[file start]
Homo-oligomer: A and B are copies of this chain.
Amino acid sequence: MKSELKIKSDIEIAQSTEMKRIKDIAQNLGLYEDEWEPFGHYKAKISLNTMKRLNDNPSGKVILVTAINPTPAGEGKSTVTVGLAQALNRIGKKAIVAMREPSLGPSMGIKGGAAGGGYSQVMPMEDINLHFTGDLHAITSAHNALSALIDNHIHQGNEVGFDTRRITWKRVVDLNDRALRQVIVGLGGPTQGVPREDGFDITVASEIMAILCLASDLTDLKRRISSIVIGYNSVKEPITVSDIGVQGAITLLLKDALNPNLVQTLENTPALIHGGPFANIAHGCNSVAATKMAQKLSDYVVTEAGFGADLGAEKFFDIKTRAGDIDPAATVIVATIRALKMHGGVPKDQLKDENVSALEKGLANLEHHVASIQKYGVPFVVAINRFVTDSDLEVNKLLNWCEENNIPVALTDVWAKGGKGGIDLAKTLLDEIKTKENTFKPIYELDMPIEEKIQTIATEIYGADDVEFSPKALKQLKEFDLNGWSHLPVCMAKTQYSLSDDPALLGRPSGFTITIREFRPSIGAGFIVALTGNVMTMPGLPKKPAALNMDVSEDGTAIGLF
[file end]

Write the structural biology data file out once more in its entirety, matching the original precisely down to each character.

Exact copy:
Homo-oligomer: A and B are copies of this chain.
Amino acid sequence: MKSELKIKSDIEIAQSTEMKRIKDIAQNLGLYEDEWEPFGHYKAKISLNTMKRLNDNPSGKVILVTAINPTPAGEGKSTVTVGLAQALNRIGKKAIVAMREPSLGPSMGIKGGAAGGGYSQVMPMEDINLHFTGDLHAITSAHNALSALIDNHIHQGNEVGFDTRRITWKRVVDLNDRALRQVIVGLGGPTQGVPREDGFDITVASEIMAILCLASDLTDLKRRISSIVIGYNSVKEPITVSDIGVQGAITLLLKDALNPNLVQTLENTPALIHGGPFANIAHGCNSVAATKMAQKLSDYVVTEAGFGADLGAEKFFDIKTRAGDIDPAATVIVATIRALKMHGGVPKDQLKDENVSALEKGLANLEHHVASIQKYGVPFVVAINRFVTDSDLEVNKLLNWCEENNIPVALTDVWAKGGKGGIDLAKTLLDEIKTKENTFKPIYELDMPIEEKIQTIATEIYGADDVEFSPKALKQLKEFDLNGWSHLPVCMAKTQYSLSDDPALLGRPSGFTITIREFRPSIGAGFIVALTGNVMTMPGLPKKPAALNMDVSEDGTAIGLF